Taking a page from the iPad Pro, the iPhone 8 is the first iPhone model to offer a True Tone display. Basically, this means the iPhone is using an ambient light sensor not only to adjust the brightness of its display, but to set its color temperature. The net result is that if you’re in a warmly lit room, the white on the iPhone screen will be a warm white. If you’re in a more blue-skewing, fluorescent-lit office environment, the screen will be bluer.
It’s a subtle effect, but it makes looking at the iPhone screen much less jarring—a blue-white screen in a yellow room seems deeply out of place. If you’re someone who appreciates an iPhone with a white front bezel, this feature helps smooth out some of the color difference between the bezel (which changes with ambient light, because it’s a physical object!) and the screen (which previously didn’t change, but now does). I wouldn’t buy an iPhone just for True Tone, but it’s a very nice feature that incrementally adds to the enjoyment of using the device.
Apple says the speakers on the iPhone 8 are 25 percent louder than on the iPhone 7, and while I can’t measure loudness in that way, I can say that it’s changed my behavior in a few specific ways. When I’m making lunch I find that I’m frequently just laying my iPhone down on the counter and playing podcasts directly though the speakers, rather than connecting to an external speaker or headphones. The sound is plenty loud for a quiet room, and I’ll often find myself just standing at the counter, eating my sandwich while continuing to listen.
Apple continues its iteration on the iPhone camera. Every model gets a bit better, and while the iPhone 8’s camera captures the same 12 megapixels as the iPhone 7, it’s got an upgraded sensor that captures more dynamic range. Perhaps the banner feature is the ability to capture 4K video at 60 frames per second, a staggering amount of data that results in spectacular video. Improved image processing in the iPhone’s A11 chip helps in many areas, and HDR (high dynamic range) mode is so solid now that Apple defaults to saving only the HDR version to your camera roll, rather than saving both an HDR and non-HDR shot just in case the HDR version looked weird.
The camera also now supports Slow Sync, which is a fantastic feature that I’ve been using in point-and-shoot cameras for almost 20 years. It excels at photos in low-light environments where there’s a subject you want to illuminate with the flash, but not at the expense of blowing out all the dimly lit items in the rest of the shot. (If you’ve ever taken a flash picture of someone and ended up with a brightly lit person surrounded entirely by black space, you know what I’m talking about.) Slow Sync works by keeping the camera’s sensor open longer than the flash, allowing it extra time to gather light from the poorly lit background. The results can be spectacular, especially if you’re taking a picture of someone standing in front of a sunrise or sunset.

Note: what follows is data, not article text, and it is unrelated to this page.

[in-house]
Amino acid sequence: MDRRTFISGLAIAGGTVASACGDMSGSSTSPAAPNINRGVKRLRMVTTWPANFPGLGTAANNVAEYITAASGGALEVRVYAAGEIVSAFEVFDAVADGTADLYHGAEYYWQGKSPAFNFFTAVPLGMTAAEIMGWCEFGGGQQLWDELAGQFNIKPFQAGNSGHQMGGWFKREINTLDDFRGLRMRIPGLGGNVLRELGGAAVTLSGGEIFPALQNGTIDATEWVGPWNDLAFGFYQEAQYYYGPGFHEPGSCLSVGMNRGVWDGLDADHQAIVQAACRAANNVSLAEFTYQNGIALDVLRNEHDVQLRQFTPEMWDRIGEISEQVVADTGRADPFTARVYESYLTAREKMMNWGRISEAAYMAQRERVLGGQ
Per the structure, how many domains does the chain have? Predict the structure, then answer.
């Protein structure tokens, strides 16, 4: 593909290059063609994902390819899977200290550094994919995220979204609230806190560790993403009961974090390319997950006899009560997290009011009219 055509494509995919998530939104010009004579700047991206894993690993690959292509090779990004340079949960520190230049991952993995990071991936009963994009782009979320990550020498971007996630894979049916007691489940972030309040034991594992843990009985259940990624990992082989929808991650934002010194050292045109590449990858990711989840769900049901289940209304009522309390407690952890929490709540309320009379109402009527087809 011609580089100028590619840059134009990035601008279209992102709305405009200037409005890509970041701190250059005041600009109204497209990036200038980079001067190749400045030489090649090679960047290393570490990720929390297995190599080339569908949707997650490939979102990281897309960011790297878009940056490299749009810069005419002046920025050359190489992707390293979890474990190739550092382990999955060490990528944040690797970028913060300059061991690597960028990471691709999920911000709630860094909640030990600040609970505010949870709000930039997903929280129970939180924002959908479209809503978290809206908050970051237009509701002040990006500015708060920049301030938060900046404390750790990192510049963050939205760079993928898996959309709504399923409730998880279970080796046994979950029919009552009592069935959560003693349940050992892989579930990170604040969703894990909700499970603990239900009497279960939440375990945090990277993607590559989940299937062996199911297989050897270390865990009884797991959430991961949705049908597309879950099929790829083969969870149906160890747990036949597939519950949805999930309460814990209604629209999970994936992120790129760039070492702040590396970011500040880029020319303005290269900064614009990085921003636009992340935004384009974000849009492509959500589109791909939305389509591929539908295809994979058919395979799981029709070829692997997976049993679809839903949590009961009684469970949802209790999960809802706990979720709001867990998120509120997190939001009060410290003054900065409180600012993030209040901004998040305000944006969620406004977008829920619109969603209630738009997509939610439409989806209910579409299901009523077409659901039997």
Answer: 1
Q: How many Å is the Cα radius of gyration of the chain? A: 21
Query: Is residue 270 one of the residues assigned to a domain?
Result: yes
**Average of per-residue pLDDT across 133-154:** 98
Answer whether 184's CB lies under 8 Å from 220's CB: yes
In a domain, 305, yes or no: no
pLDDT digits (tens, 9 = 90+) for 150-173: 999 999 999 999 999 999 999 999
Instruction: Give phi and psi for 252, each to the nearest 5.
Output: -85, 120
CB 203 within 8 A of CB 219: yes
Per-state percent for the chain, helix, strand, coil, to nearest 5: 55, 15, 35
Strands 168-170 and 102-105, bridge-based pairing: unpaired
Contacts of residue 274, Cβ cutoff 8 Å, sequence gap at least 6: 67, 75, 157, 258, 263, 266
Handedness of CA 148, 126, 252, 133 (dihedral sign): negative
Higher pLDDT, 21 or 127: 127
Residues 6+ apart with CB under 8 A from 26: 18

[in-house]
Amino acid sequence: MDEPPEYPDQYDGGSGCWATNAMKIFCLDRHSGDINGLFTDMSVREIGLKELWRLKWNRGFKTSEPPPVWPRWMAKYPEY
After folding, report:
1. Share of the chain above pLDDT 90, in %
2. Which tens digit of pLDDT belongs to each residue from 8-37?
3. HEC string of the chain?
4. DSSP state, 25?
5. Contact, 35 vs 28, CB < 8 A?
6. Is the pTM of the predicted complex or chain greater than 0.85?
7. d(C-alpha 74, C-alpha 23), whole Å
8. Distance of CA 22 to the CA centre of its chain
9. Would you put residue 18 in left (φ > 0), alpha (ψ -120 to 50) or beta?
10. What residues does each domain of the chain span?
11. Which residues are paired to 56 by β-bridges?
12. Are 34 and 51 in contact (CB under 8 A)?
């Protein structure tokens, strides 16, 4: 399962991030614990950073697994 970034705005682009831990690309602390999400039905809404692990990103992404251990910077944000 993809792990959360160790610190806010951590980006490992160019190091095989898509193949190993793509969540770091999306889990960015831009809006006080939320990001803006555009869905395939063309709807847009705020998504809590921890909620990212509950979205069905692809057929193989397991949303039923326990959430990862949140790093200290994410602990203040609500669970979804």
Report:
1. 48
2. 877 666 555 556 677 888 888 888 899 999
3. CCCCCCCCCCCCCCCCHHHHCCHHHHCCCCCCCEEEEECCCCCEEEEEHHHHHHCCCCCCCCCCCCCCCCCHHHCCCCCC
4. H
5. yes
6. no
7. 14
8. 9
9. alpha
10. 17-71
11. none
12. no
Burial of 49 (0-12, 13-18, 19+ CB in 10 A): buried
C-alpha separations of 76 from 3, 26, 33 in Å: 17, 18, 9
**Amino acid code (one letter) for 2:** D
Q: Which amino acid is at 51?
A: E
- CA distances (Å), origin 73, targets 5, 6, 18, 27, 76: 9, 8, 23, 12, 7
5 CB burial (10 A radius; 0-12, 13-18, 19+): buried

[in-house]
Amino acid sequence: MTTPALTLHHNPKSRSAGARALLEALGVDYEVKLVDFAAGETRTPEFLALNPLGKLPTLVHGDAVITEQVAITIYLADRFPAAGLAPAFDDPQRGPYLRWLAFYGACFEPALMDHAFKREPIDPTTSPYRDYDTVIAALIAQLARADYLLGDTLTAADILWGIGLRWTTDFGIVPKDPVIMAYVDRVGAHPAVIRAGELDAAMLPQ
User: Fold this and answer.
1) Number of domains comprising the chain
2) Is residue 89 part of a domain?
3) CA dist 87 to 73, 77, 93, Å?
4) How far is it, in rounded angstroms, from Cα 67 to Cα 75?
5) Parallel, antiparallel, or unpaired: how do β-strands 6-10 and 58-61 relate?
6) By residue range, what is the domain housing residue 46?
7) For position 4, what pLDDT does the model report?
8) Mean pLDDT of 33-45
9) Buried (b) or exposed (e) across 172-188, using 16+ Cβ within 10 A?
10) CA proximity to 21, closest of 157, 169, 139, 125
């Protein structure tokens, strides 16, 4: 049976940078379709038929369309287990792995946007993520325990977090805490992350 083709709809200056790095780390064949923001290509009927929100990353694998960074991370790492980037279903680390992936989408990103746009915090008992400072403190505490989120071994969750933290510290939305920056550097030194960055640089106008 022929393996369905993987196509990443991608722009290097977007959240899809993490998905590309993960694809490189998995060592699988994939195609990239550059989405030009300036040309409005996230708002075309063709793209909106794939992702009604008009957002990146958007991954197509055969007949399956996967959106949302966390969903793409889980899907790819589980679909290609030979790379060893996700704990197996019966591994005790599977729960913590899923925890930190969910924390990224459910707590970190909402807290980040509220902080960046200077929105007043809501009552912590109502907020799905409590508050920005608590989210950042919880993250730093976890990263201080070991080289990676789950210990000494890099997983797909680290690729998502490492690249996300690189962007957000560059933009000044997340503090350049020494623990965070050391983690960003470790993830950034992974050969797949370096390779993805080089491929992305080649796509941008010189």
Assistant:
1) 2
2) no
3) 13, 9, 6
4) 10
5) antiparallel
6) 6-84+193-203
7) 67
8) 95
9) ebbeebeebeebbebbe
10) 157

On the iPhone 8 Plus, there’s a new Portrait mode feature called Portrait Lighting. This uses the two cameras on the 8 Plus to calculate the depth of the image and then apply lighting effects, including a spotlight mode that drops out the background entirely, as if the picture was taken in a darkened studio. It’s a fun effect, though I found that it took some experimentation before I could get spotlighted pictures that looked good.
All depth-effect photos on the 8 Plus get a boost from iOS 11, because the new HEIF image format allows all the accumulated depth information of a photo to ride along in the file containing the image; this means you can edit a shot later and change or remove the depth effect, and third-party apps can read that data as well. Even Photos for macOS High Sierra can apply and edit the depth-effect shots, because it has access to all the data in the HEIF container.
All processor cores on deck
Now that they’ve hit double digits, Apple has taken to giving its A-series processors cute names to go along with their numbers. Last year’s was the A10 Fusion, and this year’s is the A11 Bionic. Stepping into my Apple Kremlinologist4 boots for a moment, I have always taken the names to refer to the processor cores at the hearts of these chips. The A10 Fusion chip was a four-core design, essentially creating two separate banks of processor cores: A pair of high-performance cores would operate when the phone really needed to crank on something (eating battery in the process), and a pair of high-efficiency cores took over when things were quiet (while daintily sipping from the battery).